I would love to see the cost of audiobooks drop. One of our sons is dyslexic and audiobooks have allowed him to advance to more complex books along with the rest of the kids in his grade without worrying about his condition turning reading into an arduous task. We are happy to pay for membership at Audible.com -- and there are deals available from time to time -- but his reading list is dictated by the school curriculum, so we often have to pay the piper regardless of the cost. Thanks for doing your part to make the medium more affordable!

Anonymous said...

"This book was a true labor of love for me, written completely from the heart and without keeping anything reigned in. I had no legacy editor to tell me, "You can't do that." ...

But a legacy editor might have told you it's "reined." Unless you have a royalty fantasy. Oh wait ...

Rob said...

4.95? Wow, that's a pretty good deal. Think I might pick one up. Your books have kinda grown on me. I started with Serial and now have just finished Whiskey Sour. Great work. Hope to read more new titles soon.

Glenn Dixon said...

Can't wait for audiobooks to catch up to ebook pricing models. We've done the Cracker Barrel thing in the past, as well as library check-outs. Hell, I once listened to some insanely long Tom Clancy novel on cassette tape! That's dedication. We've also listened to several free PodioBooks from Sigler and Hutchins and others. Unfortunately, we are now semi-retired and have no commutes, BUT - I just remembered we're about to go across Mexico by bus! Sounds like an excellent reason to sign up with Audible, no?

Donovan Starr said...

Great stuff, Joe. I'm hoping to get some of my stuff out in audio soon, too.

antares said...

My take on audiobooks (from my review of Nathan Lowell, Quarter Share):

"I sampled Quarter Share first by podcast . . .. I learned two things: 1) I don't like having books read to me, and 2) I liked as much of Quarter Share as I heard."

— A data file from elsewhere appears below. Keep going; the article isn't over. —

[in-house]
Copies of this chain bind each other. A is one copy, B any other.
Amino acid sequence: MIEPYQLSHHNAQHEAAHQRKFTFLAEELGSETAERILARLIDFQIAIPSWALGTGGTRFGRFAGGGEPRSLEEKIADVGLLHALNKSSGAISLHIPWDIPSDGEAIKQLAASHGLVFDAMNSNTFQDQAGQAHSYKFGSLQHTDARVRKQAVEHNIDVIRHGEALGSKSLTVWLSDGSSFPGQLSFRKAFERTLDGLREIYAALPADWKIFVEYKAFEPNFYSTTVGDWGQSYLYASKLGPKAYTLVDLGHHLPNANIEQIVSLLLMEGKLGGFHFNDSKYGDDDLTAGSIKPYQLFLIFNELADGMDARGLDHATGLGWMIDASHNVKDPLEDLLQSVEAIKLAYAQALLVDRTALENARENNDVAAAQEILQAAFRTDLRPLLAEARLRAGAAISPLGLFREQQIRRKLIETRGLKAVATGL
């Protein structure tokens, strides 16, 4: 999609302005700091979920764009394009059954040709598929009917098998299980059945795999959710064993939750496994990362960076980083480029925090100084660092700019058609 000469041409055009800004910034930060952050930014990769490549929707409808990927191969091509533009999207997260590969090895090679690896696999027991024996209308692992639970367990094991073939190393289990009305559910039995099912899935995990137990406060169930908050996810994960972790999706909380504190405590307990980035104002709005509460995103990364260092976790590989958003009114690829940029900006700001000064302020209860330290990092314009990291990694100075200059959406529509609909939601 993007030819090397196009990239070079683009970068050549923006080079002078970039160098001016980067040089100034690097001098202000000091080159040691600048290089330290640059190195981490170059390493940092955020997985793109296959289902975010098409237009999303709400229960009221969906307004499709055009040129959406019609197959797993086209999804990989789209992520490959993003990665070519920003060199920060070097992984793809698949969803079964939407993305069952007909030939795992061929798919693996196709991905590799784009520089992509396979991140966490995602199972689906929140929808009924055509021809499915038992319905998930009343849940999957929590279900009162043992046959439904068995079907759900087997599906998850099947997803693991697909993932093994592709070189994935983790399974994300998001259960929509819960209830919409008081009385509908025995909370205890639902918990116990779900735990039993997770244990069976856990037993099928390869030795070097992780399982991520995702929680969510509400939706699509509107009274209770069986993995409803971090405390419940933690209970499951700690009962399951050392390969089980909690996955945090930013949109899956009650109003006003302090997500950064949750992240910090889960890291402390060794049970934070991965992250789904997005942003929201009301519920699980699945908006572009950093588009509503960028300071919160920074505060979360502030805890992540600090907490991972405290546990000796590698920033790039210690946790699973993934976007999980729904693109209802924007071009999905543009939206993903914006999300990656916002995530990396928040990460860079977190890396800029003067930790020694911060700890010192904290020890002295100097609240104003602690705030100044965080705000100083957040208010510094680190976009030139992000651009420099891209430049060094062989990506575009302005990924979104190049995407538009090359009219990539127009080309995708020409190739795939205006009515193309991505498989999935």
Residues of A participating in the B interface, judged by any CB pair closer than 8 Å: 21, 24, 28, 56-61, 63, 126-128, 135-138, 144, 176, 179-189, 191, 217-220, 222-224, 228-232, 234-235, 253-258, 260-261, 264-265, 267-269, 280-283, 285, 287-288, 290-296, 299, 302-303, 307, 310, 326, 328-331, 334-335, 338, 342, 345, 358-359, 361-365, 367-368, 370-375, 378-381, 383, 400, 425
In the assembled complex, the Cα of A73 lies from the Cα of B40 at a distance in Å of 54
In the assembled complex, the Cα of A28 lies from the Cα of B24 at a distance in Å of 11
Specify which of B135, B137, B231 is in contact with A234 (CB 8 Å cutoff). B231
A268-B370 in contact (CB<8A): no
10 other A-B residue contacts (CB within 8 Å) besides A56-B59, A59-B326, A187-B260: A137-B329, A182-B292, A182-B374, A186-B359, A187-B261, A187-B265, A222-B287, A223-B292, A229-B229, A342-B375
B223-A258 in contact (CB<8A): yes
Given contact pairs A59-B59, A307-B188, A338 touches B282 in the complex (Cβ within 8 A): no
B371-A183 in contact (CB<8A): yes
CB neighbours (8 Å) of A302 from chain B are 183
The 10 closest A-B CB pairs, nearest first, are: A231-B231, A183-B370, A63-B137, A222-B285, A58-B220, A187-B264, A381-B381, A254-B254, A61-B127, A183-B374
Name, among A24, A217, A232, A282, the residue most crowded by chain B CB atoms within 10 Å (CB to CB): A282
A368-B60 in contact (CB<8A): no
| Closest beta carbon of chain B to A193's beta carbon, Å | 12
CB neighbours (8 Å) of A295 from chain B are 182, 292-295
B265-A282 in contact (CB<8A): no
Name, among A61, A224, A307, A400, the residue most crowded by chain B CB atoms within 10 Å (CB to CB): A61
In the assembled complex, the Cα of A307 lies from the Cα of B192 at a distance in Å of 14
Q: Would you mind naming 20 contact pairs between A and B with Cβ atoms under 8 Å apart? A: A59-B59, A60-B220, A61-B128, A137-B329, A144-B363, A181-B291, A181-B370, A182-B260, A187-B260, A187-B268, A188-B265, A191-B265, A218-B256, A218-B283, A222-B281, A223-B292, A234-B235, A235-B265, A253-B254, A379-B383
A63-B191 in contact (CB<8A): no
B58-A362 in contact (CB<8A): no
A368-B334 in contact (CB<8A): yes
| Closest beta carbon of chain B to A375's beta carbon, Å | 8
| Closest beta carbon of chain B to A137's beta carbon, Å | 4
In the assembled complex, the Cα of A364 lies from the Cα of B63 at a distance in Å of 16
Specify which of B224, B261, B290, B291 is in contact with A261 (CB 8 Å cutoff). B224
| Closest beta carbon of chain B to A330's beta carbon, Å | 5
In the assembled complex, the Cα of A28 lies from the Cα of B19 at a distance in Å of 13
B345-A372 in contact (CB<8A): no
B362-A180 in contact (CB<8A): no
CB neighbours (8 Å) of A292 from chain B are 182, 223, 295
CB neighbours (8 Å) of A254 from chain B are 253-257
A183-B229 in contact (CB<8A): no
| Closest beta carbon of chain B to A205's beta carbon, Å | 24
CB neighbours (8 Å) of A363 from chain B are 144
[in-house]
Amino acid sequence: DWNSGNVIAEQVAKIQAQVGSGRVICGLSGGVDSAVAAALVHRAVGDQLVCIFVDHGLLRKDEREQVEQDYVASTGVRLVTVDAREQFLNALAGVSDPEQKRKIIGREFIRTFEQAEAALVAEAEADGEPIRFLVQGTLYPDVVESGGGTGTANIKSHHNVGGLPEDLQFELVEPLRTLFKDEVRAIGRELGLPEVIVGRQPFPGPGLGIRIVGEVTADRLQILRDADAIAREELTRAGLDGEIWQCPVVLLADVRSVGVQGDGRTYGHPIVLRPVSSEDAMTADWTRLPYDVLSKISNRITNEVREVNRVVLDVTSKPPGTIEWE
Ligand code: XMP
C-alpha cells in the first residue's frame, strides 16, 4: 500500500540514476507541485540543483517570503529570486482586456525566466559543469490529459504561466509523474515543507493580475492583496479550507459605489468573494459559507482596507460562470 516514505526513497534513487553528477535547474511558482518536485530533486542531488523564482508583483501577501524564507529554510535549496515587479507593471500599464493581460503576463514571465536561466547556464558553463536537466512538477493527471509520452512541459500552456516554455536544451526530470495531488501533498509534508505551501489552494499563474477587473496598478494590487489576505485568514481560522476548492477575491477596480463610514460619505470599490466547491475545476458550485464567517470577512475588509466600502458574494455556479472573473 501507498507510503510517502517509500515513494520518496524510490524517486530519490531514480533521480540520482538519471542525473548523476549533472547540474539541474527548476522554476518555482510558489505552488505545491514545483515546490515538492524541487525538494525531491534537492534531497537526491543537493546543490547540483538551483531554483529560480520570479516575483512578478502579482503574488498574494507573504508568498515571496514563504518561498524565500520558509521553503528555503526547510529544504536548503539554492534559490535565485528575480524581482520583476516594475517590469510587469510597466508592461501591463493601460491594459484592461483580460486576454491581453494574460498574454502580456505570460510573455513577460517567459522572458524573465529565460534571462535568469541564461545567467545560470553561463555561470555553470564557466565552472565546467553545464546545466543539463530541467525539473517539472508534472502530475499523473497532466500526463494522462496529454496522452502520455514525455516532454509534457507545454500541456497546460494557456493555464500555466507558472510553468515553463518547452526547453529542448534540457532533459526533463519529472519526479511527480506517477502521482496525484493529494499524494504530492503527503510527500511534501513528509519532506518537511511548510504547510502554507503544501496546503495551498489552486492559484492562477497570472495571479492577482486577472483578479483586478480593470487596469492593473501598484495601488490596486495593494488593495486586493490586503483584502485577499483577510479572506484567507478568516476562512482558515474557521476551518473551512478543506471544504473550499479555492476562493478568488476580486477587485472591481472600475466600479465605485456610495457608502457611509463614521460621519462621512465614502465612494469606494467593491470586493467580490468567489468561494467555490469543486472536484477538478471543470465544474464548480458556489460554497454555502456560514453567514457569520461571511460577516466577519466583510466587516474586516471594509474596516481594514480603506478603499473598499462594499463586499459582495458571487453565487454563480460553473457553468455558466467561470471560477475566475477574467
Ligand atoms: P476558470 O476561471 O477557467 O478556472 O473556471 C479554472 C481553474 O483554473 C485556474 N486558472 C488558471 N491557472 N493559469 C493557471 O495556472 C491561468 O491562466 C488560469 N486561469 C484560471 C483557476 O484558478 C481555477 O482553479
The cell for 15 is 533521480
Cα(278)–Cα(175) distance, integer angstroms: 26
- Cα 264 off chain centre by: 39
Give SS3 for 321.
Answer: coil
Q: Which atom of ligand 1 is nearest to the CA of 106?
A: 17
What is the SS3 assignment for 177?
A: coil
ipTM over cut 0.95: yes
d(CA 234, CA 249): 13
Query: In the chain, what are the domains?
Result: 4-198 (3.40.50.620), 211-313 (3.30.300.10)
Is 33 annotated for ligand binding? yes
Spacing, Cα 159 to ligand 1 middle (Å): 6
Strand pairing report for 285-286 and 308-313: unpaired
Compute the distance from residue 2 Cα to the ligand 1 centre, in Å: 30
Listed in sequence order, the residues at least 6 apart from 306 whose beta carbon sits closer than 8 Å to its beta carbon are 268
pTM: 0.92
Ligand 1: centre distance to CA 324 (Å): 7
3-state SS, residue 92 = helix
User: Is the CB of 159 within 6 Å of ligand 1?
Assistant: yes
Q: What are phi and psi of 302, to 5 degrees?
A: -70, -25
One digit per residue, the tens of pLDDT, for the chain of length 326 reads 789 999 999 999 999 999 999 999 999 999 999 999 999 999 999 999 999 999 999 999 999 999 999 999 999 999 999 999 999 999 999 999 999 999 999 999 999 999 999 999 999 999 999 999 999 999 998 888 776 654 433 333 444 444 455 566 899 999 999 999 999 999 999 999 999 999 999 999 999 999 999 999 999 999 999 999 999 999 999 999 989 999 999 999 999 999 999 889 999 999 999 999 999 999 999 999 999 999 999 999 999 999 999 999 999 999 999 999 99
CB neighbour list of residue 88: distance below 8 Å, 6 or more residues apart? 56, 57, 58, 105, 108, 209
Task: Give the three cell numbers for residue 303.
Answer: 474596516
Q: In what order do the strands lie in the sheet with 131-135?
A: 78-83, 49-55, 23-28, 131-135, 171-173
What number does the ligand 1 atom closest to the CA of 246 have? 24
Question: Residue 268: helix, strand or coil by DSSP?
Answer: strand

Different strokes for different folks.

So I passed on the audiobook version of Timecaster. Went to Amazon and 'look[ed] inside'. Read the first line and laughed.

I bought the book.

Jill James said...

I would love audiobooks if they weren't so darn expensive. The Mist by Stephen was done as a teleplay. Sound effects and all. Very cool and only audiobook I've listened to.

Rich Van Gaasbeck said...

For some, it's not the cost of audio books, it's that we're visual learners. I much prefer reading over listening. My wife will sometimes read stuff off to me, like a pizza menu, and I'm all "OMG, give me that thing so I can read it."

One of my sons is just the opposite, he consumes more audio books than read books.

Rich Van Gaasbeck said...

@evilphilip Is your pen name the same as you use on your game site?

J.T. said...

Does anyone know why Amazon Advantage doesn't allow Audio Book MP3 for download? I have a pro reader lined up to narrate my release Big Chicken and my son is an award-winning music producer, so it'd be easy to create. However there doesn't seem to be a simple way like KDP to market it. Any ideas?

Tim Barger said...
This comment has been removed by the author.
J.T. said...

Sorry, I should have written why doesn't CreateSpace allow mp3 audio books? It allows mp3 music but not audio book. What gives?

Alan / Falcon said...

J.T., you're looking for ACX: http://www.acx.com/

It's an Audible company, which means it's an Amazon company.

outdoor bean bag said...

Hi. I love reading a book while listening to an audio book. You can really picture out the scenes from the story. Imagination is at its best.

J.T. said...

Alan, Thanks for the link. ACX is exactly what I'm looking for. Coming up soon one live Big Chicken.

Lillian Archer said...

Sorry, Joe. Annoying orange has spoiled me on talking fruit, but I could be convinced to listen to it- I can fast-forward thru the fruit parts:)

Sasha said...

For some authors, I actually prefer the audiobook to having my voice droning on in my head. It all depends on the reader. I have most of Terry Pratchett's Discworld series as Audible downloads, read by the brilliant Nigel Planer or Stephen Briggs. Good actors can do different voices for different characters and really bring the whole thing alive. But the wrong choice of actor can kill a thing.